Mobile HCI 2015 bannerSend us your work. If it makes us go “Wow!” we want it.

Along with Hans Gellersen of Lancaster University (UK), I’m proud to announce that I’m co-chairing the papers selection committee for the 2015 installment of the long-running MobileHCI conference (sponsored by the ACM and SIGCHI), to take place Aug 24th-Aug 27th, 2015, in wonderful and historic Copenhagen, Denmark.

MobileHCI is the premiere venue to publish and learn about state-of-the-art innovations and insights for all aspects of human-computer interaction as it pertains to mobility–whether in terms of the devices we use, the services we engage with, or the new patterns of human behavior emerging from the wilderness of the modern-day digital ecology.

Submissions due Feb 6th, 2015.

Call for Papers

MobileHCI seeks contributions in the form of innovations, insights, or analyses related to human experiences with mobility.

Our interpretation of mobility is inclusive and broadly construed. Likewise, our view of contribution encompasses technology, experience, methodology, and theory—or any mix thereof, and beyond. We seek richness and diversity in topic as well as approach, method, and viewpoint. If you can make a convincing case that you have something important to say about mobility, in all its many forms, we want to see your work.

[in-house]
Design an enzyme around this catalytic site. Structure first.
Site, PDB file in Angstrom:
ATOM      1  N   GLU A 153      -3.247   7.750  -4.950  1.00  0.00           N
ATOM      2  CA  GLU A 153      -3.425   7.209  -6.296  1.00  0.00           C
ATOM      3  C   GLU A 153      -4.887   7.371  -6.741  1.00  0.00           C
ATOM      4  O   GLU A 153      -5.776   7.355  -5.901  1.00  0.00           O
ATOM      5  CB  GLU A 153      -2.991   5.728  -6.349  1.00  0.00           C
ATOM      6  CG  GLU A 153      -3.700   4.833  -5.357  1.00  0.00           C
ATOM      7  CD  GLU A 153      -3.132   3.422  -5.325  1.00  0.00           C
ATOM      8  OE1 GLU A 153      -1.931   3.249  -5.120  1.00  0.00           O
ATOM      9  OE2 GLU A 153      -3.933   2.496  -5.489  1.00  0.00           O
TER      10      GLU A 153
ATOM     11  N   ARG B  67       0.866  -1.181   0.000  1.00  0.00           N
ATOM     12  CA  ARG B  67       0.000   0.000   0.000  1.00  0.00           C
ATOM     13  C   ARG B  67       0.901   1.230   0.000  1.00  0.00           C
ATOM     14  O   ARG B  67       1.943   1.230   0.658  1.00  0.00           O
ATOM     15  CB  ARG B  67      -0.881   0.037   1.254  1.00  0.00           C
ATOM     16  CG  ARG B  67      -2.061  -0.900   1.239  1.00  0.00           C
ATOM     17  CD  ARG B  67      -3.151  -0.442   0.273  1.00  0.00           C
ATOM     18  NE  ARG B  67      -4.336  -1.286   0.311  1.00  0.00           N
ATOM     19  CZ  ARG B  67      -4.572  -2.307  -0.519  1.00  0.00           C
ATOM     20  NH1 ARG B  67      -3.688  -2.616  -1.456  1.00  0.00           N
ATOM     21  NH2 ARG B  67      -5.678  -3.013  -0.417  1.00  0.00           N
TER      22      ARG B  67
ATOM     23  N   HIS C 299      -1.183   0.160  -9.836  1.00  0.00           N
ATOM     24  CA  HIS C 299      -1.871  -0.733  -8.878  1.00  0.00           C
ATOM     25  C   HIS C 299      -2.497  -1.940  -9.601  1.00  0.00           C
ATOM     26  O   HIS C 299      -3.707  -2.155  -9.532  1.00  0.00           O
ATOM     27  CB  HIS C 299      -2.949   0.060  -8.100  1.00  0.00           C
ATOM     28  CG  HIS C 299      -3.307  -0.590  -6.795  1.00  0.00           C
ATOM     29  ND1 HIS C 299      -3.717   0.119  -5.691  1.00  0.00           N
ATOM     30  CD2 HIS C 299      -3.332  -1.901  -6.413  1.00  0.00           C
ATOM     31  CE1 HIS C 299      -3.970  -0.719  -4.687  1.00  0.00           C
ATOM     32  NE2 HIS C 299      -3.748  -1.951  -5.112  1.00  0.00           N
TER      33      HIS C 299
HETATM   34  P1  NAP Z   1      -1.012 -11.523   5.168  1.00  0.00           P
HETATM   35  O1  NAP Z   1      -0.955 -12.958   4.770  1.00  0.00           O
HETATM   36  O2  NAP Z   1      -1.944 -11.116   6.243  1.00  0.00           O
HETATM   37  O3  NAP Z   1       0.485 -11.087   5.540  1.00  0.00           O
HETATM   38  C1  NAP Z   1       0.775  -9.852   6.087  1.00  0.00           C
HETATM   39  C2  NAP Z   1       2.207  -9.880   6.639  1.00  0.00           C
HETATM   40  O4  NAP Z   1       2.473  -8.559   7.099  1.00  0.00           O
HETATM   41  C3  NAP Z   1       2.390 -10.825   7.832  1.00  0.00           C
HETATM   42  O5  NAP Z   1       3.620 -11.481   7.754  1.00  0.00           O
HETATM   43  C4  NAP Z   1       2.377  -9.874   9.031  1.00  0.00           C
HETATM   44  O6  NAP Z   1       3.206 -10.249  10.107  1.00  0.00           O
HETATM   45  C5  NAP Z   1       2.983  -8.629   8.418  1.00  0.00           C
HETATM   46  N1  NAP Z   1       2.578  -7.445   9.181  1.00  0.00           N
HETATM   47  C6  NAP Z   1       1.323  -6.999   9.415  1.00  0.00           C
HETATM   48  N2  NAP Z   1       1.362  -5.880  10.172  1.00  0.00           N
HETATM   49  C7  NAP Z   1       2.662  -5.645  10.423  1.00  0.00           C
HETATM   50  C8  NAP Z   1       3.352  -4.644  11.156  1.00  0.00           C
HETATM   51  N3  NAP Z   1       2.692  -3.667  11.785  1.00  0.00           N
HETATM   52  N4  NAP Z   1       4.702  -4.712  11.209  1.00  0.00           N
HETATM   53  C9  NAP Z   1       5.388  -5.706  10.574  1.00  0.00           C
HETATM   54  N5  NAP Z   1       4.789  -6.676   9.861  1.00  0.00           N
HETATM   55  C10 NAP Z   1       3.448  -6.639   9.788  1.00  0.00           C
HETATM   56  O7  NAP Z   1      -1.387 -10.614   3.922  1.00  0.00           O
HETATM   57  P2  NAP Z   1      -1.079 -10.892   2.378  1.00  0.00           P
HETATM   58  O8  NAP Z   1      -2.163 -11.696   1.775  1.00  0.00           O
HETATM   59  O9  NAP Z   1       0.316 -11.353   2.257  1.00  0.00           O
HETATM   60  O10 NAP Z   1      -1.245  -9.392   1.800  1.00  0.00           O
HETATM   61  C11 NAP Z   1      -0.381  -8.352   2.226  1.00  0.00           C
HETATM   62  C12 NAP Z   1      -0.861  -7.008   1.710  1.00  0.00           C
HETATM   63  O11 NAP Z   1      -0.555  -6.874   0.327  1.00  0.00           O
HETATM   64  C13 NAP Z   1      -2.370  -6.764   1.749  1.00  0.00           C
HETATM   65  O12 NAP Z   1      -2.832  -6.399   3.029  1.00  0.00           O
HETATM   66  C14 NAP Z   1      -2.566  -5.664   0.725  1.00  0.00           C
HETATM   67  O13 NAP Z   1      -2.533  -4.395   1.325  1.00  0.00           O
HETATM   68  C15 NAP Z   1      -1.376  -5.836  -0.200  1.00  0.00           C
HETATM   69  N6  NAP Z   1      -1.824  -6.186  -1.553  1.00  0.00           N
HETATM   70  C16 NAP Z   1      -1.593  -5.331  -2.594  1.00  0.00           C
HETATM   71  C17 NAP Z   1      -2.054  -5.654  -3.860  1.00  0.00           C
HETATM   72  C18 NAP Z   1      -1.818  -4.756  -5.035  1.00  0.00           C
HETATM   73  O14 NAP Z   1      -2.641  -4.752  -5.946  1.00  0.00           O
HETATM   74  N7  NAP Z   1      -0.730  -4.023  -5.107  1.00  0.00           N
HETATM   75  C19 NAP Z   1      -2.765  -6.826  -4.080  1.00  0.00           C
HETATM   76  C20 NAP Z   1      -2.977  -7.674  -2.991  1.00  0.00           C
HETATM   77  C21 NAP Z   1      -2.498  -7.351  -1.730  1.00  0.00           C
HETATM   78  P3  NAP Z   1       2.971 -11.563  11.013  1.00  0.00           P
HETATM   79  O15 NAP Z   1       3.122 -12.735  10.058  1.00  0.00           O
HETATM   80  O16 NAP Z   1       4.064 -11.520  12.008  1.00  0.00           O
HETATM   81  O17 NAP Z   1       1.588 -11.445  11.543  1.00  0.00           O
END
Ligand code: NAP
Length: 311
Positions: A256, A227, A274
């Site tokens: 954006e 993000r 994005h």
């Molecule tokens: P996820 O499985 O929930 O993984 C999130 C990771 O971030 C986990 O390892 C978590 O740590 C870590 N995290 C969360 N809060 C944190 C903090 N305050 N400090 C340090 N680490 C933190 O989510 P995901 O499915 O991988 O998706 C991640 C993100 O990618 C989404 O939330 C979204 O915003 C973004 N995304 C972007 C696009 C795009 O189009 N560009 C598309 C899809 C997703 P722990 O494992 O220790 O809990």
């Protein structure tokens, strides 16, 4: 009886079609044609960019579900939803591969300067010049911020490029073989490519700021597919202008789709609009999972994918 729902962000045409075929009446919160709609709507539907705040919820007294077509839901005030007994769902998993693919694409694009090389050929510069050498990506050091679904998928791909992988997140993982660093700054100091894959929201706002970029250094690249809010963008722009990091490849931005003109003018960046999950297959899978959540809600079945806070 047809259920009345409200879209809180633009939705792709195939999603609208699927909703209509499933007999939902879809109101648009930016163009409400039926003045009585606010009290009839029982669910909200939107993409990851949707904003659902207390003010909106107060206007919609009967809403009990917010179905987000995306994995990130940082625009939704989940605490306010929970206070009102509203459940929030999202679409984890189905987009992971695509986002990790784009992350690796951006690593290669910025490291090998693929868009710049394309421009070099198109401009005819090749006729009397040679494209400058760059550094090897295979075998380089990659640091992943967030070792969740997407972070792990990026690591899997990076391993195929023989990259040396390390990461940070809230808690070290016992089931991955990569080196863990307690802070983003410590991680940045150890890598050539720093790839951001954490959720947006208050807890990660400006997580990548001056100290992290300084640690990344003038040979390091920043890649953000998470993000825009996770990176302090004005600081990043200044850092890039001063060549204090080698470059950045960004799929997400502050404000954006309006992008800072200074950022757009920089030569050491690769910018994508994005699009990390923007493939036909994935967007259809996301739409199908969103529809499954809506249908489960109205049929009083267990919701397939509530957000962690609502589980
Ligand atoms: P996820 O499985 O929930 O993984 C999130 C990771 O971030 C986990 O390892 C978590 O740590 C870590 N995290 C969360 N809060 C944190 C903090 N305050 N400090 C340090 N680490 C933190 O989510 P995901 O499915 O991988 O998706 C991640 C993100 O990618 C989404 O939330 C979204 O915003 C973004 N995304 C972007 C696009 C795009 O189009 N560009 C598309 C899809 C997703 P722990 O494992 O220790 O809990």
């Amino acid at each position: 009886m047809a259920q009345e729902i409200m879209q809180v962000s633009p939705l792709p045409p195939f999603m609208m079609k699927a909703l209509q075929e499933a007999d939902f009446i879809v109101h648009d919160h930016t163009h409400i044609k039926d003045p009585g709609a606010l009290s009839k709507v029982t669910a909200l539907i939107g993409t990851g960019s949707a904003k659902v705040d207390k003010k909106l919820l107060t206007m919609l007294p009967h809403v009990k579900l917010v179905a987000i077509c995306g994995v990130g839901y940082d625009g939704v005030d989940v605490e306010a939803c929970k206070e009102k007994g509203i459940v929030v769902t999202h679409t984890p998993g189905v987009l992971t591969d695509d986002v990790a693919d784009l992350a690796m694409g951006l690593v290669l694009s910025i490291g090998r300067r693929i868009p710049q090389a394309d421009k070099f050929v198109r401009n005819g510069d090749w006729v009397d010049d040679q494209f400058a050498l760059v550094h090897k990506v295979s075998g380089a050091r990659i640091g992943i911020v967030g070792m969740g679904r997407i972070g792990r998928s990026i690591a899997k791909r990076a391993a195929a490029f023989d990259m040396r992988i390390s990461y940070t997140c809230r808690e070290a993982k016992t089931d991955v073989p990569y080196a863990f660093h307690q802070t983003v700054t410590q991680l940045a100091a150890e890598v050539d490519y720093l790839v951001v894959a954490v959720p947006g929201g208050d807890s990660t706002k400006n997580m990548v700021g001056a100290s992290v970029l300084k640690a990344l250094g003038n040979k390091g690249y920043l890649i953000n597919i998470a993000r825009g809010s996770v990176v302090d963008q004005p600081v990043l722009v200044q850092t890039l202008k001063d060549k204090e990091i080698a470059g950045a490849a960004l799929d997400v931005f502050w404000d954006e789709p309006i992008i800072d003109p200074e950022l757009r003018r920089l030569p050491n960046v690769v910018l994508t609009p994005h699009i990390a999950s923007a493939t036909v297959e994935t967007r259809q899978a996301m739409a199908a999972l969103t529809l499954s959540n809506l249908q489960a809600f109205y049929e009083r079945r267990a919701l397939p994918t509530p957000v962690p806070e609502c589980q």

In no particular order, this includes contributions in the form of:

Systems & infrastructures. The design, architecture, deployment, and evaluation of systems and infrastructures that support development of or interaction with mobile devices and services.

Devices & techniques: The design, construction, usage, and evaluation of devices and techniques that create valuable new capabilities for mobile human-computer interaction.

Applications & experiences. Descriptions of the design, empirical study of interactive applications, or analysis of usage trends that leverage mobile devices and systems.

Methodologies & tools. New methods and tools designed for or applied to studying or building mobile user interfaces, applications, and mobile users.

Theories & models. Critical analysis or organizing theory with clearly motivated relevance to the design or study of mobile human-computer interaction; taxonomies of design or devices; well-supported essays on emerging trends and practice in mobile human-computer interaction.